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N.C. Tuberculosis Control Program

Partners

By state law in North Carolina, any health care provider who diagnoses or suspects a case of TB must notify the county's local health department director within 24 hours. That notification must be followed by a written report. Treatment of the patient is begun immediately. At the same time, health officials start investigating to find out where the person may have contracted the disease and where else it may have spread. Family, friends, neighbors, co-workers and others in the community who are considered to have been exposed to the disease may be given a simple skin test or a blood test. Those whose tests are positive receive followup testing to see if they have developed the disease and are treated as needed.

Tracking, treating and stopping the spread of tuberculosis requires the cooperation of all healthcare providers and health agencies, especially:

Local Health Departments

North Carolina's local public health departments External link have the primary responsibility for TB control efforts in their own county or counties. Local health departments focus on both personal health and public health. By state law, the health department must be notified within 24 hours of any diagnosed or suspected case of tuberculosis. The health department works with other agencies and private physicians to plan effectively for the care of the person with TB disease and any other persons who have been exposed to and/or infected with TB. Each local health department has a nurse who is responsible for TB control activities.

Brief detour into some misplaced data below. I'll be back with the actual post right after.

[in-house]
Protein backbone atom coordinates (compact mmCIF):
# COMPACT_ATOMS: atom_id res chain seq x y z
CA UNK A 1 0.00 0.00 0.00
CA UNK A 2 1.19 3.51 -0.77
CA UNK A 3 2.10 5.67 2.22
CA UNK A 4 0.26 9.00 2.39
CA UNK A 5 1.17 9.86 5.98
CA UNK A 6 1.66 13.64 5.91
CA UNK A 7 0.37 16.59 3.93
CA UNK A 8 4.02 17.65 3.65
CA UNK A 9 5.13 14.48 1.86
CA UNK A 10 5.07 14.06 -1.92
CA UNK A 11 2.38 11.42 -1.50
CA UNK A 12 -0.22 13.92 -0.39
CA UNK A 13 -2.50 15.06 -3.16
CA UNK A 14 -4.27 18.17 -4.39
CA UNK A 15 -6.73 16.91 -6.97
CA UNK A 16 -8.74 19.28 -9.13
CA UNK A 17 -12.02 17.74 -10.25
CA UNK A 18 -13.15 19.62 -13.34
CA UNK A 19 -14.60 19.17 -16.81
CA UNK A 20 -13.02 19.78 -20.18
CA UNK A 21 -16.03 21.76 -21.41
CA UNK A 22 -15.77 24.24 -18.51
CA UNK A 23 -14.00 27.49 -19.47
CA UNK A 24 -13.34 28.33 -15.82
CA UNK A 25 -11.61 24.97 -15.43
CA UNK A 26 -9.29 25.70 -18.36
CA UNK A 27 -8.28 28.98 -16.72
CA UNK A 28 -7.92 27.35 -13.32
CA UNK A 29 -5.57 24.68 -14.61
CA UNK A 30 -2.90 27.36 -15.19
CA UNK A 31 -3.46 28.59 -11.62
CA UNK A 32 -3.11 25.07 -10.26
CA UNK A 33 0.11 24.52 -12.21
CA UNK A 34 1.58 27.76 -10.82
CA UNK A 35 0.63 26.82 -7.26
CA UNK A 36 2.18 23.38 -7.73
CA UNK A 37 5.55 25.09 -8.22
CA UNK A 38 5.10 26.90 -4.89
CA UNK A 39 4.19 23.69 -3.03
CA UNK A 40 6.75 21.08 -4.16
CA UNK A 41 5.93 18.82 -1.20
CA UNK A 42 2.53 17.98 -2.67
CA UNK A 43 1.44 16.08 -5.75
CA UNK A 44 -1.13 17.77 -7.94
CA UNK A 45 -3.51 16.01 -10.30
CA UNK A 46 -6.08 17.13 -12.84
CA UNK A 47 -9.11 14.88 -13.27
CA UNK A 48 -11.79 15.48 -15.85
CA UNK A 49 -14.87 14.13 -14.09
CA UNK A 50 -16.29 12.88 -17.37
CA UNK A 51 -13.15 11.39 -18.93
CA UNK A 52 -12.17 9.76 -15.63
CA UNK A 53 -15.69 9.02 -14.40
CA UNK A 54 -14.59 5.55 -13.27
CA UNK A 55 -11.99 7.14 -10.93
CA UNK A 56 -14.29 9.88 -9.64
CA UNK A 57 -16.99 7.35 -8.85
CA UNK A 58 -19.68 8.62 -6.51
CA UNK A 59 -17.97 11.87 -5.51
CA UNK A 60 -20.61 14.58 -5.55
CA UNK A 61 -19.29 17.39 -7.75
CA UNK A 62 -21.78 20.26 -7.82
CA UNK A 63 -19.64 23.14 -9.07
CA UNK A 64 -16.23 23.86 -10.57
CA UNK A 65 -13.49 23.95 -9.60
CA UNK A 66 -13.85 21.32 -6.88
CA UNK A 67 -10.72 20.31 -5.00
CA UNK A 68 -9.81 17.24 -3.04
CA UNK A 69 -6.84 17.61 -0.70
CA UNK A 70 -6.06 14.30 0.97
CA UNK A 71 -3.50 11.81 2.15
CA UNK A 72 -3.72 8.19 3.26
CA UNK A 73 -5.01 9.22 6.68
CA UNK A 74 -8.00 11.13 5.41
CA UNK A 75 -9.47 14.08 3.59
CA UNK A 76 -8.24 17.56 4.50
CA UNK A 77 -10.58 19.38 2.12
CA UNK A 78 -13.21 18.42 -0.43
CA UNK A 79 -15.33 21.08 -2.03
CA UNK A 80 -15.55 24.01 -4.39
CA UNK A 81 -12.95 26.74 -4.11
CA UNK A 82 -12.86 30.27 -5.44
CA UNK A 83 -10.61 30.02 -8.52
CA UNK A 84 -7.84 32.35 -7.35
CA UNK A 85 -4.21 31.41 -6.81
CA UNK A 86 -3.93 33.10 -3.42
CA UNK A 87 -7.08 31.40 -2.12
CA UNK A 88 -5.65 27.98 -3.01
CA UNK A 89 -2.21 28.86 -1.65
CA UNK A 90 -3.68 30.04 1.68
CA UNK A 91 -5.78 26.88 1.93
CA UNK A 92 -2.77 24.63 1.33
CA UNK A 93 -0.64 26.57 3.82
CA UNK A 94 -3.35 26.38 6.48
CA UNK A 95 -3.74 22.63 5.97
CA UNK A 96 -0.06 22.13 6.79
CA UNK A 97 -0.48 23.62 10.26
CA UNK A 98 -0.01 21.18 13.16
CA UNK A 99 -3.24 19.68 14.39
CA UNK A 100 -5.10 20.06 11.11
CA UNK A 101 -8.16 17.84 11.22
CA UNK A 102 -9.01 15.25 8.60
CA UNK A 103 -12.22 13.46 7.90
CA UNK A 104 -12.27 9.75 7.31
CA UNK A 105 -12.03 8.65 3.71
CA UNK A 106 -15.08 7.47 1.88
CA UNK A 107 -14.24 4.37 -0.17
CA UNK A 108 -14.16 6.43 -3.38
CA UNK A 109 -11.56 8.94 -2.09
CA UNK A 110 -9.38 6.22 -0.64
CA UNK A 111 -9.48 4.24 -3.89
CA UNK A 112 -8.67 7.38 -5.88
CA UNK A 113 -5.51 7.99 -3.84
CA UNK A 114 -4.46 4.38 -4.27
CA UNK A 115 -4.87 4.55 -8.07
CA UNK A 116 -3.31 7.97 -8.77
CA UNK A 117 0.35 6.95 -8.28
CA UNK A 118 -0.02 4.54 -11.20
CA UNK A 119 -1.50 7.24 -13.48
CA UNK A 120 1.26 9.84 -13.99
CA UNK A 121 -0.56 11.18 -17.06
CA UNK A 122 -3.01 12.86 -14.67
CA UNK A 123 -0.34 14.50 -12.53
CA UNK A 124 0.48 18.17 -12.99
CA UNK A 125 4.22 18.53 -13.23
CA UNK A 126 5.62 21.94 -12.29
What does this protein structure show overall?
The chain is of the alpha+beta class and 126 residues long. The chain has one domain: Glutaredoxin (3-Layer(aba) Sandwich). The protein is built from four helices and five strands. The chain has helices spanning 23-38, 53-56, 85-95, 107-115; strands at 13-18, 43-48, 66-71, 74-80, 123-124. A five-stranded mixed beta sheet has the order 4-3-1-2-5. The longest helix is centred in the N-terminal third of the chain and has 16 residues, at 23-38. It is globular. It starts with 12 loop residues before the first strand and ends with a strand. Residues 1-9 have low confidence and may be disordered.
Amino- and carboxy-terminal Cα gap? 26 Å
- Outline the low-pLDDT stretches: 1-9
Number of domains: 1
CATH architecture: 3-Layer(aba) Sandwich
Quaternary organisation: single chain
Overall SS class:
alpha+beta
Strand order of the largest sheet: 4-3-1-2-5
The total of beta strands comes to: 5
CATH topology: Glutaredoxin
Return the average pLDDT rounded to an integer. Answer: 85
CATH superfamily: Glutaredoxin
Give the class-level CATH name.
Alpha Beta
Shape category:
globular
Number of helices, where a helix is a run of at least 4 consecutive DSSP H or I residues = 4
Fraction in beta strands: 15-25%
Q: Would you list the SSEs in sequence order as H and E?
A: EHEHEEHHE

Health department tuberculosis program services involve:

  • Case management, including providing and directly observing that medication is taken;
  • Case investigation, which means figuring out how the patient became infected and whether the disease has spread to others;
  • Community interventions, which are steps to prevent the spread of the disease and include providing and monitoring preventive treatment and evaluating disease trends; and
  • Community prevention measures, such as communication, coordination, education and promoting awareness among all health care providers and the general public.

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Private Healthcare Providers

Physicians and other private health care providers should report within 24 hours any diagnosed or suspected case of tuberculosis to their local health department. They work with the health department and other agencies to develop and carry out effective care plans for persons with TB disease and any other persons who have been exposed to and/or infected with TB.

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N.C. Tuberculosis Control Program

The N.C. TB Control Program in the Division of Public Health supports tuberculosis control efforts by:

  • Funding local (county) health departments to partially support staff and/or operating costs;
  • Supplying TB medications to health departments to be provided at NO COST to patients being treated for disease or disease prevention;